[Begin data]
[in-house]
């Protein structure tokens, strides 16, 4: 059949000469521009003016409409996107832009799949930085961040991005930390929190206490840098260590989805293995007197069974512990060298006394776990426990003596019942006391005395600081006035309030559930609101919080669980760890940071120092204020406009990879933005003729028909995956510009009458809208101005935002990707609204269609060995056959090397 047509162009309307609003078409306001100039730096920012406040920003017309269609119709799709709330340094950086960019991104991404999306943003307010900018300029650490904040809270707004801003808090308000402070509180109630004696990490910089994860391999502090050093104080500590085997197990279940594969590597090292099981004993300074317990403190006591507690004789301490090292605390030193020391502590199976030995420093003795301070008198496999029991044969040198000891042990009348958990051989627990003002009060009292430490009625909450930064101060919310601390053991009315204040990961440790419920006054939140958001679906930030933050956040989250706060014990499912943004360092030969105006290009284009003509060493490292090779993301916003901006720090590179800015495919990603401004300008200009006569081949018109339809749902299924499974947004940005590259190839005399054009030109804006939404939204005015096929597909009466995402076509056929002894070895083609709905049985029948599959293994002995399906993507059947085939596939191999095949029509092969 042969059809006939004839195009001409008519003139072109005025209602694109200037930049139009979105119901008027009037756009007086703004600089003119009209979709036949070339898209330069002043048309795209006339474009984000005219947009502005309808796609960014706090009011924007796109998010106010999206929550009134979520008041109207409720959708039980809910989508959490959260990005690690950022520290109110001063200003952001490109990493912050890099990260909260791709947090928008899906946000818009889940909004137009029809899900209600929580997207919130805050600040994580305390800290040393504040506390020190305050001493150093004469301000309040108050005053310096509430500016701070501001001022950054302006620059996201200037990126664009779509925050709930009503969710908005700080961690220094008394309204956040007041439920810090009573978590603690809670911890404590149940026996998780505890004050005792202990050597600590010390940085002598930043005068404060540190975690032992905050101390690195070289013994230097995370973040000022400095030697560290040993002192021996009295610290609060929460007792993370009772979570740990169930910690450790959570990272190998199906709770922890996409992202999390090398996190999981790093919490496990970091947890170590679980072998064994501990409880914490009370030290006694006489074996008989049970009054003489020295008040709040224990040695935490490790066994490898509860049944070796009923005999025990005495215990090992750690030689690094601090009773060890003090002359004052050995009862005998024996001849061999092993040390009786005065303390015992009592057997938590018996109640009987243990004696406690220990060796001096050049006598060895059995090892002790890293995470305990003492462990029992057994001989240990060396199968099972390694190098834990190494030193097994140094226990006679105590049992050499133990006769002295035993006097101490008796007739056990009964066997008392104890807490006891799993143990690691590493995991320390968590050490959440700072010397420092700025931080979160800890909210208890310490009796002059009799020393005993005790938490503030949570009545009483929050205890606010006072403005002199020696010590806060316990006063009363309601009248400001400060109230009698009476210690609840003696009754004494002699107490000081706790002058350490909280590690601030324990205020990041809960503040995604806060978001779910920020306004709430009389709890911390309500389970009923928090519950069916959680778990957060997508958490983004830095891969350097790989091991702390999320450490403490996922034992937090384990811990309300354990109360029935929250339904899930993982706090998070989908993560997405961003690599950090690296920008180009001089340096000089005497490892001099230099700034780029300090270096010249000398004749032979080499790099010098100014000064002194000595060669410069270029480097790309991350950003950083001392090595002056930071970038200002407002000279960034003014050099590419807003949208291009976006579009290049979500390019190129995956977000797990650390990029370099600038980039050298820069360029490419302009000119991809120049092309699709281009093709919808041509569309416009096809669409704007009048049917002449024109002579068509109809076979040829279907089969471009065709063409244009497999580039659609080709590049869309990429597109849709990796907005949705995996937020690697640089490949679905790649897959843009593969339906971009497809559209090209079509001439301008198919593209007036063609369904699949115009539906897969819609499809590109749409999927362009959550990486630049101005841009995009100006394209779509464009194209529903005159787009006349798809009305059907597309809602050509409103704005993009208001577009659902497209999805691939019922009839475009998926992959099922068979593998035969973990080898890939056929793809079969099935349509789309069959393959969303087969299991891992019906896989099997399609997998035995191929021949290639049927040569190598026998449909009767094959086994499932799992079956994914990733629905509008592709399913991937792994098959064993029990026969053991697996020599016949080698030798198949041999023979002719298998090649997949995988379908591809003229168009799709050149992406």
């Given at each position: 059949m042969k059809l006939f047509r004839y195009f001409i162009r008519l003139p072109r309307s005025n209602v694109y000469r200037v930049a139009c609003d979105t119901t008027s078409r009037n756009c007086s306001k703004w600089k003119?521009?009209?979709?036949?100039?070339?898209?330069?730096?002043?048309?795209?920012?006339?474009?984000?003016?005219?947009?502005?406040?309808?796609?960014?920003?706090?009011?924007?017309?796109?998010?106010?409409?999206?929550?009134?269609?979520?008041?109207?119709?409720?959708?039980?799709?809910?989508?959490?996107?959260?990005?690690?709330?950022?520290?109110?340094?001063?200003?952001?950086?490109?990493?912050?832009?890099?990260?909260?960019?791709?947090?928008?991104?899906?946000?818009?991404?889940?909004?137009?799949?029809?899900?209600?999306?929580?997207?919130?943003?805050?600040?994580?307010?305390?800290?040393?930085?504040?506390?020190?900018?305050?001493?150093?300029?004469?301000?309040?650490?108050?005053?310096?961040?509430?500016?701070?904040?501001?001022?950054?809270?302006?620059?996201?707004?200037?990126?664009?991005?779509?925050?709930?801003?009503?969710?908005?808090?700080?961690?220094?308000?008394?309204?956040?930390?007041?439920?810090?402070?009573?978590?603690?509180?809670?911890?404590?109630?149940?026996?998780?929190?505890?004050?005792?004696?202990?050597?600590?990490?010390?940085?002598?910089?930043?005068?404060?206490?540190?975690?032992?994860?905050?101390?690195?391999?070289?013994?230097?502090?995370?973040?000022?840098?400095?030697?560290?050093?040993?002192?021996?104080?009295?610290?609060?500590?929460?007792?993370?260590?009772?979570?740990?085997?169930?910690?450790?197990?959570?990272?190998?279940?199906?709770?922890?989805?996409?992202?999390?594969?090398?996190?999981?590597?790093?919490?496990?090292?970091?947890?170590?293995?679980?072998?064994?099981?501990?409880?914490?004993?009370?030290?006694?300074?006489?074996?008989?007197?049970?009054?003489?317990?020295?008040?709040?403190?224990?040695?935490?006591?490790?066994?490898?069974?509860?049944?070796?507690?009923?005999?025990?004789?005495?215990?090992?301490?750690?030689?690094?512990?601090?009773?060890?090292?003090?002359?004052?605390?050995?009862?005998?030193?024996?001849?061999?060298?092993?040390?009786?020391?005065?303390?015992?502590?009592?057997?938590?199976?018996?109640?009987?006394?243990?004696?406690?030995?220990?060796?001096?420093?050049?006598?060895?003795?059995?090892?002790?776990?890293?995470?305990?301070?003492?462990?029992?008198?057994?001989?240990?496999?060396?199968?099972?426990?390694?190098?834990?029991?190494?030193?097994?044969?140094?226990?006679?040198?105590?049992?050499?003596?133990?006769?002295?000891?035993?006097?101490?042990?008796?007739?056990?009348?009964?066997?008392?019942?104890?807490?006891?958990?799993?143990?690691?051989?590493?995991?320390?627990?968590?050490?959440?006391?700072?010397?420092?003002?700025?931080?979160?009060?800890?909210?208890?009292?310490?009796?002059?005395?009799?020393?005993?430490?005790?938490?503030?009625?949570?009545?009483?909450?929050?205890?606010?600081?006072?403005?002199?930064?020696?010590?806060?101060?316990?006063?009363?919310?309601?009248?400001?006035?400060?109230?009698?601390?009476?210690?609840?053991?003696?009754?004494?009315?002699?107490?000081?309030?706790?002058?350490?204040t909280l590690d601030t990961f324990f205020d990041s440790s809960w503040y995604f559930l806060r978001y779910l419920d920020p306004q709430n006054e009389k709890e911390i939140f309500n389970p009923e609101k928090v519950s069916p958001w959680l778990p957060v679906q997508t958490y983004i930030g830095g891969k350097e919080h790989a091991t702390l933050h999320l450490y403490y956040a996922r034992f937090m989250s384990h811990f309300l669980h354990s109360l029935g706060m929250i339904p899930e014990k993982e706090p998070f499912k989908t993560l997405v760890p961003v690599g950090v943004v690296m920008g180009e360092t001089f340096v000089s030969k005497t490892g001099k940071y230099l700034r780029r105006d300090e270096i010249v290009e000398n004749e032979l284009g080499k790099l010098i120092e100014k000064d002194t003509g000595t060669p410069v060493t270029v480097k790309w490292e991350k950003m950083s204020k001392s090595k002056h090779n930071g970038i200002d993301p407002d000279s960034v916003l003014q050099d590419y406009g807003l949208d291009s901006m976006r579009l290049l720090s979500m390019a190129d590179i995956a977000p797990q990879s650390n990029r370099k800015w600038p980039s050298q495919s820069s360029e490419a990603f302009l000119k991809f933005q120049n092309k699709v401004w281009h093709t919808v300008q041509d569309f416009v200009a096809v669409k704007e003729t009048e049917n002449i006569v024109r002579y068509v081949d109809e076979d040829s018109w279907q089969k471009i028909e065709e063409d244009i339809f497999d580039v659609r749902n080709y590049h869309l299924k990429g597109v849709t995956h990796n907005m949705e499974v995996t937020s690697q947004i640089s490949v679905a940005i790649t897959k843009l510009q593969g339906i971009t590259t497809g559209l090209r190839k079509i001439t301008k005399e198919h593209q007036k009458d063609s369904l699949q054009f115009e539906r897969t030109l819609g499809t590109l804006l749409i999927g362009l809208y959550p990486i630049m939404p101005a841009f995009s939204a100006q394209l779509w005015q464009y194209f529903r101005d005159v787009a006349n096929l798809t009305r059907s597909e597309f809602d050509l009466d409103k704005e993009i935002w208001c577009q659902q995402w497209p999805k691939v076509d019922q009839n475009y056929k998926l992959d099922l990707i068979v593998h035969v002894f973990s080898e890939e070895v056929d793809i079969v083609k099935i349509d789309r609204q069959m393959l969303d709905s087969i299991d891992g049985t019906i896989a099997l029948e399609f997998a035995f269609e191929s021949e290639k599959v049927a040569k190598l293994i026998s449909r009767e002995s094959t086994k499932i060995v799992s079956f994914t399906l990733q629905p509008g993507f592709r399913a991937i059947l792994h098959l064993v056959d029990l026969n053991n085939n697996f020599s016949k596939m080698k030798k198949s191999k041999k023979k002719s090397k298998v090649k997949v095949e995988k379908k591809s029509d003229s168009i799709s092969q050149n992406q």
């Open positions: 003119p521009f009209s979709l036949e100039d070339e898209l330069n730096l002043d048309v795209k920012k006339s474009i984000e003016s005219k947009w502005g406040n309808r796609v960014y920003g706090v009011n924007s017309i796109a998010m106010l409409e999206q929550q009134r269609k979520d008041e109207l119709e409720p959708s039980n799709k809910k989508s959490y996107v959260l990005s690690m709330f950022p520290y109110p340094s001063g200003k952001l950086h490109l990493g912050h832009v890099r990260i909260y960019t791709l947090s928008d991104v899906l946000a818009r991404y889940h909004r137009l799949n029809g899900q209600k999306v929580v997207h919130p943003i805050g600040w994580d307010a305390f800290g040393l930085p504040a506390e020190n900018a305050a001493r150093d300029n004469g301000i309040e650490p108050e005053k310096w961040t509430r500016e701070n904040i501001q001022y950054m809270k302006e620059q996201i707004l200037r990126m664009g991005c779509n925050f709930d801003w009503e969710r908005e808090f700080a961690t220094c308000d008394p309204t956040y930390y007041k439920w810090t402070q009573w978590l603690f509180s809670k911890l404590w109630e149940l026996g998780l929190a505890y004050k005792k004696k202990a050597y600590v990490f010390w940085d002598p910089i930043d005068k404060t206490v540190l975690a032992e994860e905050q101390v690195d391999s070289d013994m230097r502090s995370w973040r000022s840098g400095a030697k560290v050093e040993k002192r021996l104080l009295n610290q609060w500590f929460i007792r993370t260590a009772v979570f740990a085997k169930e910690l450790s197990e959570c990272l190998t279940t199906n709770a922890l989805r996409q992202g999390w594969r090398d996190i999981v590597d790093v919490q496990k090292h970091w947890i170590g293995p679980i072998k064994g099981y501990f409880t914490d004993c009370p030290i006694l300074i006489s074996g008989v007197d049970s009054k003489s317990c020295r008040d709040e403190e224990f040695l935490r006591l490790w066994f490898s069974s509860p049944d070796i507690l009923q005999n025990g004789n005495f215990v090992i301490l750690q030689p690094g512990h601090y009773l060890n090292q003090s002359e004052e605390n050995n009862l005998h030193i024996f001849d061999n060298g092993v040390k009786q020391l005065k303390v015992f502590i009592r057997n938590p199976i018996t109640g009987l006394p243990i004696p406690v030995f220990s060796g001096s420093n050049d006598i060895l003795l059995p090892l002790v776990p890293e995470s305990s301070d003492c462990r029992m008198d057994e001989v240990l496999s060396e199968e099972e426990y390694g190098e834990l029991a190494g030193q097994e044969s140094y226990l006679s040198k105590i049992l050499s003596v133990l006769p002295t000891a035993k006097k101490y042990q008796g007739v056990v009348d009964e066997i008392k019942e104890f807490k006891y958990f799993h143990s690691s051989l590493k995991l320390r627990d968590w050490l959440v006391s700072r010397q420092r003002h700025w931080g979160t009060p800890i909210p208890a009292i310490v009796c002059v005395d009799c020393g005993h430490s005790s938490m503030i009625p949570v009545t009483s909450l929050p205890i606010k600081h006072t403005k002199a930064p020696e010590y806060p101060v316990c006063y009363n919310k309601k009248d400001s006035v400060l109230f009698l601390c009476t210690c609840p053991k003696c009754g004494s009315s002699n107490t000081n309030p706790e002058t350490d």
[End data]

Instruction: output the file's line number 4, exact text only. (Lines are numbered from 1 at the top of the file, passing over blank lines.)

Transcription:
């Open positions: 003119p521009f009209s979709l036949e100039d070339e898209l330069n730096l002043d048309v795209k920012k006339s474009i984000e003016s005219k947009w502005g406040n309808r796609v960014y920003g706090v009011n924007s017309i796109a998010m106010l409409e999206q929550q009134r269609k979520d008041e109207l119709e409720p959708s039980n799709k809910k989508s959490y996107v959260l990005s690690m709330f950022p520290y109110p340094s001063g200003k952001l950086h490109l990493g912050h832009v890099r990260i909260y960019t791709l947090s928008d991104v899906l946000a818009r991404y889940h909004r137009l799949n029809g899900q209600k999306v929580v997207h919130p943003i805050g600040w994580d307010a305390f800290g040393l930085p504040a506390e020190n900018a305050a001493r150093d300029n004469g301000i309040e650490p108050e005053k310096w961040t509430r500016e701070n904040i501001q001022y950054m809270k302006e620059q996201i707004l200037r990126m664009g991005c779509n925050f709930d801003w009503e969710r908005e808090f700080a961690t220094c308000d008394p309204t956040y930390y007041k439920w810090t402070q009573w978590l603690f509180s809670k911890l404590w109630e149940l026996g998780l929190a505890y004050k005792k004696k202990a050597y600590v990490f010390w940085d002598p910089i930043d005068k404060t206490v540190l975690a032992e994860e905050q101390v690195d391999s070289d013994m230097r502090s995370w973040r000022s840098g400095a030697k560290v050093e040993k002192r021996l104080l009295n610290q609060w500590f929460i007792r993370t260590a009772v979570f740990a085997k169930e910690l450790s197990e959570c990272l190998t279940t199906n709770a922890l989805r996409q992202g999390w594969r090398d996190i999981v590597d790093v919490q496990k090292h970091w947890i170590g293995p679980i072998k064994g099981y501990f409880t914490d004993c009370p030290i006694l300074i006489s074996g008989v007197d049970s009054k003489s317990c020295r008040d709040e403190e224990f040695l935490r006591l490790w066994f490898s069974s509860p049944d070796i507690l009923q005999n025990g004789n005495f215990v090992i301490l750690q030689p690094g512990h601090y009773l060890n090292q003090s002359e004052e605390n050995n009862l005998h030193i024996f001849d061999n060298g092993v040390k009786q020391l005065k303390v015992f502590i009592r057997n938590p199976i018996t109640g009987l006394p243990i004696p406690v030995f220990s060796g001096s420093n050049d006598i060895l003795l059995p090892l002790v776990p890293e995470s305990s301070d003492c462990r029992m008198d057994e001989v240990l496999s060396e199968e099972e426990y390694g190098e834990l029991a190494g030193q097994e044969s140094y226990l006679s040198k105590i049992l050499s003596v133990l006769p002295t000891a035993k006097k101490y042990q008796g007739v056990v009348d009964e066997i008392k019942e104890f807490k006891y958990f799993h143990s690691s051989l590493k995991l320390r627990d968590w050490l959440v006391s700072r010397q420092r003002h700025w931080g979160t009060p800890i909210p208890a009292i310490v009796c002059v005395d009799c020393g005993h430490s005790s938490m503030i009625p949570v009545t009483s909450l929050p205890i606010k600081h006072t403005k002199a930064p020696e010590y806060p101060v316990c006063y009363n919310k309601k009248d400001s006035v400060l109230f009698l601390c009476t210690c609840p053991k003696c009754g004494s009315s002699n107490t000081n309030p706790e002058t350490d």